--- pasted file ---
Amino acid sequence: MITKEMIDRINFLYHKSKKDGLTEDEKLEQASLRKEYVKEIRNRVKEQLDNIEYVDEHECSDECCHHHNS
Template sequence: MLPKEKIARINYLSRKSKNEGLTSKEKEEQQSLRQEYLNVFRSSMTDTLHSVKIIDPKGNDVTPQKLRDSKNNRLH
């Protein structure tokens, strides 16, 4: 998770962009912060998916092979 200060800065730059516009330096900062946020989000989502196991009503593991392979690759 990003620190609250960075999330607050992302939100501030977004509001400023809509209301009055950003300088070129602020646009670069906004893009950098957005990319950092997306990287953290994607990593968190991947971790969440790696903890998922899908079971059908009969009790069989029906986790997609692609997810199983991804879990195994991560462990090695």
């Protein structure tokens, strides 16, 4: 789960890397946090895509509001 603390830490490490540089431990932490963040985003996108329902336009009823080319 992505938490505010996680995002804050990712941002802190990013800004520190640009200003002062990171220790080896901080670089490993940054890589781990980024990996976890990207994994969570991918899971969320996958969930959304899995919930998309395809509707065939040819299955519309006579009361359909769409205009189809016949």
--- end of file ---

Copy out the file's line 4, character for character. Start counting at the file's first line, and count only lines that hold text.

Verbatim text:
């Protein structure tokens, strides 16, 4: 789960890397946090895509509001 603390830490490490540089431990932490963040985003996108329902336009009823080319 992505938490505010996680995002804050990712941002802190990013800004520190640009200003002062990171220790080896901080670089490993940054890589781990980024990996976890990207994994969570991918899971969320996958969930959304899995919930998309395809509707065939040819299955519309006579009361359909769409205009189809016949």